Category Archives: Ordination

When Next I Spill My Tea

The morning in June, 2002, that I was going to be ordained in the Order of Interbeing, I was doing walking meditation after breakfast. I was staying at Upper Hamlet of Plum Village, in France, where the ceremony was going to be held. Because people who were staying in the other hamlets had to travel, on foot from Lower Hamlet, and by bus from New Hamlet, to reach Upper Hamlet for the ceremony, I had quite a bit of time after breakfast and before the ceremony started. So I was doing walking meditation on a oval path in Upper Hamlet that goes around the lotus pond and by the dharma hall.

As I walked, I reflected on how I came to be there at Plum Village to be ordained in the Order. As I reflected, I realized that I would not have found my way to SnowFlower and to Thay if it were not for my ex-wife. As some of you know, my relationship with my ex-wife, particularly since our divorce, has been difficult at best. But if it had not been for my divorce, and the suffering and loneliness that created, I would not have found my way to my local Sangha and started going to retreats with Thay and would not be walking there that morning. So even though I often thought of my marriage to my ex-wife as a horrible mistake, without that mistake I would not be having this blessing. Continue reading

North American Ordination (2013 Only)

Dear Dharma Teachers, Dear Order Members, Dear Aspirants,

In 2013 there will be three opportunities for aspirants from North America to be ordained into the Order of Interbeing. In order to facilitate the process, the Care-taking Council of the Dharma Teachers Sangha of North America (including both monastics and lay) have clarified the requirements, criteria, and procedures for North American students of Thich Nhat Hanh.

The Fourteen Mindfulness Trainings offer clear guidance for living simply, compassionately, and joyfully in our modern world. They are a concrete embodiment of the teachings of the Buddha and the Bodhisattva ideal. Anyone who wishes to can live his or her life in accord with these fourteen trainings.

To formally join the Order of Interbeing means to publicly commit oneself to studying, practicing, and observing the trainings and, also, to participating actively in a community which practices mindfulness in the Plum Village tradition of Thich Nhat Hanh. Continue reading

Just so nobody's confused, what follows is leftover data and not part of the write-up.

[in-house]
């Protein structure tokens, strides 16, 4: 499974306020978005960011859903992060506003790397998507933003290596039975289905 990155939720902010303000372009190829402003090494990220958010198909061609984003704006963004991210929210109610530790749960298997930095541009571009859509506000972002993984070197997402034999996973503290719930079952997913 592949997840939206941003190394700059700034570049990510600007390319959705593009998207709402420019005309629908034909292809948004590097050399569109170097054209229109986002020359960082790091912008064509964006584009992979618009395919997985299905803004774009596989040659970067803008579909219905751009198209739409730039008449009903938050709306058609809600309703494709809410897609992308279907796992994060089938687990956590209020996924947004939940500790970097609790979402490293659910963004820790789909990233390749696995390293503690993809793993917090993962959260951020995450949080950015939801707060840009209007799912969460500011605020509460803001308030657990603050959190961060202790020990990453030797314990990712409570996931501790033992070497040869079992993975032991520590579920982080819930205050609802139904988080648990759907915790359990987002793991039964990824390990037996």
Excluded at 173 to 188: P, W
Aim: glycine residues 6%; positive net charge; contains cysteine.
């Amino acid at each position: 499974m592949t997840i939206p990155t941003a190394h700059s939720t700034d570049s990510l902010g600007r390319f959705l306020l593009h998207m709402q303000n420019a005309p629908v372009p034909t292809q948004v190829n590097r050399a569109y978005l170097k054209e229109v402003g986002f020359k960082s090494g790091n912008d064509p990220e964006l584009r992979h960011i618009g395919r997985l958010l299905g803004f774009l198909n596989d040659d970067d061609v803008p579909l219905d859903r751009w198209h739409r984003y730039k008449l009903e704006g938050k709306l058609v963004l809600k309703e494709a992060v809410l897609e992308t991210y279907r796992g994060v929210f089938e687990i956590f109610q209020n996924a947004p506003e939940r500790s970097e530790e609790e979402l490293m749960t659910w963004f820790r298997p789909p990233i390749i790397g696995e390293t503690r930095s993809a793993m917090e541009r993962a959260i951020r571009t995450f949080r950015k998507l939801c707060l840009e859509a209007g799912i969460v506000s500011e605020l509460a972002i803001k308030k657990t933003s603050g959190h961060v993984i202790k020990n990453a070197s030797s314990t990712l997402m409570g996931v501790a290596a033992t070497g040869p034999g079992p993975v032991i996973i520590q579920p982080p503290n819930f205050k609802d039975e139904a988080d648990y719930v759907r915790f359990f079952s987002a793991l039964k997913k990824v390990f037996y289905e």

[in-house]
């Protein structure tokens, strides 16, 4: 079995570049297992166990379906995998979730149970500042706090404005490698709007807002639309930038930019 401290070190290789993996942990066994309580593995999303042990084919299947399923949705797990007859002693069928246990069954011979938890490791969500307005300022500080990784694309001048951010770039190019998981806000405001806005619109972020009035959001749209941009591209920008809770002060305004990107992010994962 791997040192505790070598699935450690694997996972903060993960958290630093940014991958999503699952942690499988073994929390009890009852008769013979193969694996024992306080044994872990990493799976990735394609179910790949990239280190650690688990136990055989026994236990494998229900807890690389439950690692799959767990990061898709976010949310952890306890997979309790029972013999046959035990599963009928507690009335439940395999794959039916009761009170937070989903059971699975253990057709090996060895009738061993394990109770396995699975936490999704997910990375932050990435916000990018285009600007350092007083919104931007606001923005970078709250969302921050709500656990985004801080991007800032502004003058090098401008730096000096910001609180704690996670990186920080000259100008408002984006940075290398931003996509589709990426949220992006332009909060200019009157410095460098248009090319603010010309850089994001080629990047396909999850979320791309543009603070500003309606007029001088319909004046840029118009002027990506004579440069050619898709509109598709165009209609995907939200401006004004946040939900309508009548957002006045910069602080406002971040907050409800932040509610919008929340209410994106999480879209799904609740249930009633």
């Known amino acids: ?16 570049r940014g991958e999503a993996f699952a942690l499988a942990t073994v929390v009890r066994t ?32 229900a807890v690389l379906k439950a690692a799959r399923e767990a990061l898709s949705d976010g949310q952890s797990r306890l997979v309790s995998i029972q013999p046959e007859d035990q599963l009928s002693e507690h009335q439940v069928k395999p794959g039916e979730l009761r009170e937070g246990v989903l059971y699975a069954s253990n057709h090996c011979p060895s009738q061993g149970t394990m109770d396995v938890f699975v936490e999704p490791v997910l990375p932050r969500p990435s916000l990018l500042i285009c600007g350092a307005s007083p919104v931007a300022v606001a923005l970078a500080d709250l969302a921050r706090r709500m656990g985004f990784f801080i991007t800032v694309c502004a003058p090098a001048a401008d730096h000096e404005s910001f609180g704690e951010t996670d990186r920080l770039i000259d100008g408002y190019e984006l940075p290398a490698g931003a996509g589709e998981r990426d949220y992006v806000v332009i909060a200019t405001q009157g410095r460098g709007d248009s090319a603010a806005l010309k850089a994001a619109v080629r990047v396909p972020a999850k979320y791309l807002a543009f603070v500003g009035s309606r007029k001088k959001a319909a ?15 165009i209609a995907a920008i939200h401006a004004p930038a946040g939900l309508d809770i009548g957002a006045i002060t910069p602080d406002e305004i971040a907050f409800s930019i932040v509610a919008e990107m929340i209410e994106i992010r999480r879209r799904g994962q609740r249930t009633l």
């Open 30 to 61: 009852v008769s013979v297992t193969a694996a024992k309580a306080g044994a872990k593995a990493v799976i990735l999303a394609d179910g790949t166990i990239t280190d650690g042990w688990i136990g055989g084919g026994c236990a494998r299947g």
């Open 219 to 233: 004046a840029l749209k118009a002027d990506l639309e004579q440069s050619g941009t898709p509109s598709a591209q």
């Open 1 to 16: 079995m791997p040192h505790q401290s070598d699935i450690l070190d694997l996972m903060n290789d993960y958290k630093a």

Stepping into Freedom: Savoring Life

I really had no expectations of this retreat (October 2011 at Blue Cliff Monastery), except to participate in the OI ordination ceremony, and to spend five days with Thay and 1000 of his brothers and sisters.  But of course, I found that they were my brothers and sisters too, my sangha also.  It was wonderful to be with my FCM OI friends John and Bill and Barb and Chris and Mary and Martina, and of course with my lifetime heart companion Nancy – I knew that would be so.  But I also took my place as one cell in a larger sangha body, the Plum Village – Blue Cliff – Deer Park – FCM – everywhere sangha that has grown around Thay and his teaching.

Nancy and I camped at Blue Cliff, in a tent village with hundreds of others, in simple, silent harmony. How beautiful to see many dozens of colorful tents grouped naturally together, each with just enough space around it, without fuss or clutter.  When we rose in the early mornings the only noise to be heard was the unzipping of tent doors as we made our way in ones and twos under the bright stars to the great Dharma Hall. Continue reading

The Fertile Soil of Ireland

Setting my feet on the Path of the 14 Mindfulness Trainings standing on the fertile soil of Ireland. 

Winter storm,
Into the sea,
Snow dissolves silently.

In the Plum Village tradition there are wonderful, mindful paths of practice laid out for lay people. These are the Two Promises for children, the 5 Mindfulness Trainings for all, and the 14 Mindfulness Trainings for Thay’s Order of Interbeing (OI). The Promises and Trainings are Dharma doors through which one may enter formally by a transmission ceremony supported by monastic or lay Dharma teachers, one’s sangha and the wider community.

Some time after I received the transmission of the 5 Mindfulness Trainings I noticed that my commitment to training and practicing in their direction became more solid. I had found the public commitment and the support of the community during the ceremony both helpful and joyful. Reading and studying the trainings after the transmission ceremony created a deeper path of practice for me. Continue reading